…waning moon over stern…
It is 3:30am in the morning of our third night on this Atlantic Crossing from East to West. We left Mindelo a day later than planned mainly due to the late arrival of Susan’s luggage and influence by the slogan of the Cabo Verdeans: No Stress! As a matter of fact, it does not matter and the extra day took some time pressure out of the To-Do-List and made it a pretty relaxed departure. After a yummy pizza at our favourite restaurant Colombinho and with a thourough farewell from Petra, Jan and Tobi with the exchange of a few last minutes gifts, we did throw the lines at 9:30am. SY Sutje left 24h after us and are now on our toes, approx. 150nm astern.
A last minute comment on the blog came in from Jani, which I managed to put online before leaving but did not find the time for a reply. Really appreciated the farewell wishes from a next generation fellow sailor. Thank you! We hope you keep enjoying following our adventure and find the time yourself to make it out onto the ocean.
Since then we have sailed 407nm in pretty pleasant conditions apart from three hours motoring through the dead wind zone south of Santo Antao. 1680nm to go before we reach our waypoint set at the southern tip of Martinique. In other words, approximately 20% completion rate.
It was one more time the crew and not the lady, who had to cope with the conditions at start of the passage. We managed to keep the boat moving before and after taking rest. Apetite was low and we forced ourselves to drink enough to stay hydrated. Susan had a cold – 90% over now – I had my usual headache caused by some back tension for 16 hours and since yesterday, the world with its ocean is shiny again – for me. Susan needs another 24 hours but later today, it will be fine. The fun part shall start. 2100nm to sail is a distance which puts things into perspective, which contributed to our longer run-in period, which is normally 24 to 36h at maximum. Finally it is also a very emontional journey and I wonder how we look at it once we have reached the mountains top and the downhill part of the passage starts.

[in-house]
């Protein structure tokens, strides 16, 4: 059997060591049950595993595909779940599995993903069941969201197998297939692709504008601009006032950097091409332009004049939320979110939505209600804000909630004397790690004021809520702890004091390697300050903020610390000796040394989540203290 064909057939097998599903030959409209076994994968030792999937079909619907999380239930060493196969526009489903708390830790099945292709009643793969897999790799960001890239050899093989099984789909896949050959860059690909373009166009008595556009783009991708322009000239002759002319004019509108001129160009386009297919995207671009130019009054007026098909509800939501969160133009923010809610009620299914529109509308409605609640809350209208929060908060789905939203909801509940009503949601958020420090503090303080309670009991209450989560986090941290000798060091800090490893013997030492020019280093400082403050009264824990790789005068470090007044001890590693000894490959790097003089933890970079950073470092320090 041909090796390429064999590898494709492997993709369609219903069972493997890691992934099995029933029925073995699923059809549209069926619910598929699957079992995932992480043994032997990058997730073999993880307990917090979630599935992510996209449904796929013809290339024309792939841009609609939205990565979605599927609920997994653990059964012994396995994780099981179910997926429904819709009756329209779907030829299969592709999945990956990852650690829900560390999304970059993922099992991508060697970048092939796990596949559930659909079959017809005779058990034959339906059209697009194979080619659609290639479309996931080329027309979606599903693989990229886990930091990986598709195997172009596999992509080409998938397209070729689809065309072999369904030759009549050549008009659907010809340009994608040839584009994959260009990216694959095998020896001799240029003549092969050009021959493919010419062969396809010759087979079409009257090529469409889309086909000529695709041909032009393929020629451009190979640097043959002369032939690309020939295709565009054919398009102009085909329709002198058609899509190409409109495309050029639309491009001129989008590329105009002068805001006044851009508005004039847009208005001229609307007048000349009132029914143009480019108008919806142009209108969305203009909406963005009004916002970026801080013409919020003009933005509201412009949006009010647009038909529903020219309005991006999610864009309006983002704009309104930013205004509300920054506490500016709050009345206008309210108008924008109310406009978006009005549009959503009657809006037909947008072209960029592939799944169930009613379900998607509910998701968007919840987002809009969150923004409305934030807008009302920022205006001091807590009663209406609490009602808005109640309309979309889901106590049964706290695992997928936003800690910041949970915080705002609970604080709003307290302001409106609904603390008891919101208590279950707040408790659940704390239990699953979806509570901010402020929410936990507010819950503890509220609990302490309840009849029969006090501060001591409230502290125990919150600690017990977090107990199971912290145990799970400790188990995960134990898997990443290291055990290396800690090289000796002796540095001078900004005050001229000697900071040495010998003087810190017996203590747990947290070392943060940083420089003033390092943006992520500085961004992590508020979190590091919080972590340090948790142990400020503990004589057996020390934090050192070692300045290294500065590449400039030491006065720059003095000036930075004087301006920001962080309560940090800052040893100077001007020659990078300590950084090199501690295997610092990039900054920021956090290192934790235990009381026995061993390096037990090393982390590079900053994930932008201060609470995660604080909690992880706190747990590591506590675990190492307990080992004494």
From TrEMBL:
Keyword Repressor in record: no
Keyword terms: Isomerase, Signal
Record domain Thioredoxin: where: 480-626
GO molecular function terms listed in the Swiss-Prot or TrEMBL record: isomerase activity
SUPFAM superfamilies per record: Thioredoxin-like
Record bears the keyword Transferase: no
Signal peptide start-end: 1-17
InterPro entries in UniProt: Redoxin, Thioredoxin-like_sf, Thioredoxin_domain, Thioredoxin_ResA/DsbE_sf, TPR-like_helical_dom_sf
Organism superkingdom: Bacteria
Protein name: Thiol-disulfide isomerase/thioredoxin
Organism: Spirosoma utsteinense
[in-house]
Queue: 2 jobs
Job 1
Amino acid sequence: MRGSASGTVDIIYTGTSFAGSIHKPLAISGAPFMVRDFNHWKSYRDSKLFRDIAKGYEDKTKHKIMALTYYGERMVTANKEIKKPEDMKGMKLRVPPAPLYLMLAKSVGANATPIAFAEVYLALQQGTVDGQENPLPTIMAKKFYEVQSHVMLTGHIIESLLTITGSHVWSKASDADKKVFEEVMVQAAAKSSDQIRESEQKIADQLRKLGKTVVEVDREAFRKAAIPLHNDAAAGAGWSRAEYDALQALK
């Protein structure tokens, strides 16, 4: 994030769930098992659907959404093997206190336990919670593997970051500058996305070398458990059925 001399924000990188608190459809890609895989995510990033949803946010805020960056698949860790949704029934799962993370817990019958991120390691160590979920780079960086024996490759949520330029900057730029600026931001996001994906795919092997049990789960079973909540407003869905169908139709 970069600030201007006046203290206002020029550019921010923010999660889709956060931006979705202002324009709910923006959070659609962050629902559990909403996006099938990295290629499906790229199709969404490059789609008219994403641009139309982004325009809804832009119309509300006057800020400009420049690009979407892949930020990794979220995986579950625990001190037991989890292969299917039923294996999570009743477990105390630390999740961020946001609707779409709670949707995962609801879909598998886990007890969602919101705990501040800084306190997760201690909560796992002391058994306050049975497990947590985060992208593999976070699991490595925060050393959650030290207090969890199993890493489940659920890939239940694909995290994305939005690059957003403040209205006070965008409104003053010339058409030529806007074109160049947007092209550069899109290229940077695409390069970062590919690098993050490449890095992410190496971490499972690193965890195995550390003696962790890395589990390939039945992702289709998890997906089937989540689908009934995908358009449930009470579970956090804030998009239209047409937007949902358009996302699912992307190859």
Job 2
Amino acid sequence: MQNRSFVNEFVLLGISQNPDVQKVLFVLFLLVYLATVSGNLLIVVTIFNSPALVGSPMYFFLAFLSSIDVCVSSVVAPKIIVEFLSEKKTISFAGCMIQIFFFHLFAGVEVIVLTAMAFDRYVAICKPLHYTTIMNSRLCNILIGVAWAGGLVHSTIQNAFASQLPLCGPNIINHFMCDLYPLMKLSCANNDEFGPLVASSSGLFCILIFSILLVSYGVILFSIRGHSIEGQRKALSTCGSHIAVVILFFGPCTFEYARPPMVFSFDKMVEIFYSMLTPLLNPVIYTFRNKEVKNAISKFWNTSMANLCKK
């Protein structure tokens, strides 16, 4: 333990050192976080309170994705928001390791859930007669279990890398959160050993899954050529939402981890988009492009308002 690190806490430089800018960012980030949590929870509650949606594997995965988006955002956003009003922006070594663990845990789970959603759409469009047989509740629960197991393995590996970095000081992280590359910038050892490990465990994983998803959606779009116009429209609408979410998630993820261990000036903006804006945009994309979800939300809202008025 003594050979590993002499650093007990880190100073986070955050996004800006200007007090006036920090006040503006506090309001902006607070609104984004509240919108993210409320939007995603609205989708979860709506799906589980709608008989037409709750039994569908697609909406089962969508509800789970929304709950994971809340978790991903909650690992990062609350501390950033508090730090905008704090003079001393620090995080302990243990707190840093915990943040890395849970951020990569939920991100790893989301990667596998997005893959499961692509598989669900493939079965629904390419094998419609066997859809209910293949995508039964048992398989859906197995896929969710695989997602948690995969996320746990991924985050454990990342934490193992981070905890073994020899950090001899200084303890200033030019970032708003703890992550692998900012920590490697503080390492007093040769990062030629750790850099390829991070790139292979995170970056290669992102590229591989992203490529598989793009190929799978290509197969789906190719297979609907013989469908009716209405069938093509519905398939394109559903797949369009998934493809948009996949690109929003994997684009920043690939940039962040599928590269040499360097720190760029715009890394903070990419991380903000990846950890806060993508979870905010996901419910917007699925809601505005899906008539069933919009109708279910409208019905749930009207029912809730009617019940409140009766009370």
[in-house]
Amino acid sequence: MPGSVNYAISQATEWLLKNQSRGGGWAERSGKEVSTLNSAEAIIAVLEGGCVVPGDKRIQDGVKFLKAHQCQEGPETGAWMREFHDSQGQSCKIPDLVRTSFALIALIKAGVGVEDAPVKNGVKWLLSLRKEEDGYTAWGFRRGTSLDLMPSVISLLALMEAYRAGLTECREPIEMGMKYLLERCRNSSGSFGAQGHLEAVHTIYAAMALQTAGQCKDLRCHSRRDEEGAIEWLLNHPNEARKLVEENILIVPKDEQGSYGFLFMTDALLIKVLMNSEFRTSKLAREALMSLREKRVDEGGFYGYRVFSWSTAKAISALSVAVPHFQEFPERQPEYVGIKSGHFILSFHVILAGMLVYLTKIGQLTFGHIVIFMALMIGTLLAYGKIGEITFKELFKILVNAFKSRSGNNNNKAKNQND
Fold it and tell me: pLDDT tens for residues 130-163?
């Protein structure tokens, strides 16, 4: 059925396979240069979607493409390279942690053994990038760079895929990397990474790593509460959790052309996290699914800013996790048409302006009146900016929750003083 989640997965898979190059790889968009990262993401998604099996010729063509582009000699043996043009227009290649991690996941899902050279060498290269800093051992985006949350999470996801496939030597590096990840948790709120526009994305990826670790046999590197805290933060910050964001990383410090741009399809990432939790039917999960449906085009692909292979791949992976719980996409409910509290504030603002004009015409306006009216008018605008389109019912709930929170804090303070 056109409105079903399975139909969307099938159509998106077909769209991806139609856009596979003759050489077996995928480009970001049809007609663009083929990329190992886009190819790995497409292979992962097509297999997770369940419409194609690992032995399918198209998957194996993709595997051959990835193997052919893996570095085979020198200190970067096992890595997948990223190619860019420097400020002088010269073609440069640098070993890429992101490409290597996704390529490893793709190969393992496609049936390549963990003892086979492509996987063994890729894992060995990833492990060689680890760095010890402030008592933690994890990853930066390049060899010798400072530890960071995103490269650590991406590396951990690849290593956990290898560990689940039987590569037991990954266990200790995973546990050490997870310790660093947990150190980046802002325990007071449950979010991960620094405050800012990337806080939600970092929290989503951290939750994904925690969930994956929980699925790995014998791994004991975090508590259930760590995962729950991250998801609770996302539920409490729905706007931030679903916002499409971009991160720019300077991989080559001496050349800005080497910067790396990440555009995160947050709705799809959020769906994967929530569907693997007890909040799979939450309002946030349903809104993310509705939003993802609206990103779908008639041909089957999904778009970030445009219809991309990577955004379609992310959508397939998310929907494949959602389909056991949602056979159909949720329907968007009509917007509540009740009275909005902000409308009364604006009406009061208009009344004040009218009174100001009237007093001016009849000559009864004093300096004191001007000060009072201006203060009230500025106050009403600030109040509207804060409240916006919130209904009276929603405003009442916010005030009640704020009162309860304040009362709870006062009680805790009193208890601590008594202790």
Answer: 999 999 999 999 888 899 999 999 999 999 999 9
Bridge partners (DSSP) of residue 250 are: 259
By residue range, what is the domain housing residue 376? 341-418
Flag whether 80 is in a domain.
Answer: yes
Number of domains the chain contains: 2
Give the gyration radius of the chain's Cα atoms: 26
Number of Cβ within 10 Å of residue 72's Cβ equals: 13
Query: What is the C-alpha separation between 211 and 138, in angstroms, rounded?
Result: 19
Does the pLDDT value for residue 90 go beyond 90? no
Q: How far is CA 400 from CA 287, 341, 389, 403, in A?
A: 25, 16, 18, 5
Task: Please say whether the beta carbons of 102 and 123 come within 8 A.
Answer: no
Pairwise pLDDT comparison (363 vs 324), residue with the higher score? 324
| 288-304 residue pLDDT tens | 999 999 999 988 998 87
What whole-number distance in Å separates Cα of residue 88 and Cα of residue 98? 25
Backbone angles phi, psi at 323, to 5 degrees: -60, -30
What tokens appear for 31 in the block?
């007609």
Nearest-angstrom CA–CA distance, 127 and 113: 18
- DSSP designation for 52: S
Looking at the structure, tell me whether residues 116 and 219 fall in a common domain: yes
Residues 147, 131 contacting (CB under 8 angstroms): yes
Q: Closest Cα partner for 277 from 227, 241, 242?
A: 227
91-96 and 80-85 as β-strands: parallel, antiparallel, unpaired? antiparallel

I have not done any weather checks as the trade winds are the trade winds and the window for 10 days look ahead showed perfect and stable trade winds for our course at the time we departed. 15 to 25kn from NE slightly increasing towards the end of the 10 days. During my daily evening calls on the Marine Band Radio with Chief Jan from SY Sutje, I scrounged the latest updates, which confirmed the forecast.
Today, we shall get a bit less wind and from tomorrow onwards it should be in the 20+kn range. In fact we are down to 10 to 13kn only now and I am focused keeping the boat moving at 4kn reducing the banging to a bare minimum. Susan needs good sleep!
Seaweed in the SailGen and the Hydrovane kept us busy for an hour yesterday and broke our good old boathook, both pieces rescued. It is known, that on the latitudes we are sailing some extended fields of seawead are common. We did not face an extended field but enought to clog our two systems. It was easy to remove the grass from the SailGen propeller but the Hydrovane made it a bit more challenging as the rudder goes very deep into the water. Lying down on the after deck, while trying to strive it off with the boathook, I bruised the rips a bit. Nothing serious but will need some embrocating with DOC Morris for a while. Glad I got some of the stuff left from Erika. A broken boathook was the donation for this learning. It got stuck between the leading edge of the rudder the the hull mounting while trying to strive the grass off the rudder. Did not work. Hook consumed. Next. Furl in the sails to get the speed out of the boat. Disengage the windpilot and run under electric autopilot. Give a hard turn on the windpilot rudder into both directions to get maximum twist and the stuff came off. It will happen again but now we are better prepared and need a new boathook.
Two smaller birds accompanied us for a while yesterday. It happend before but new was, that they came as a couple and landed on the water. What a similes.
Fair winds…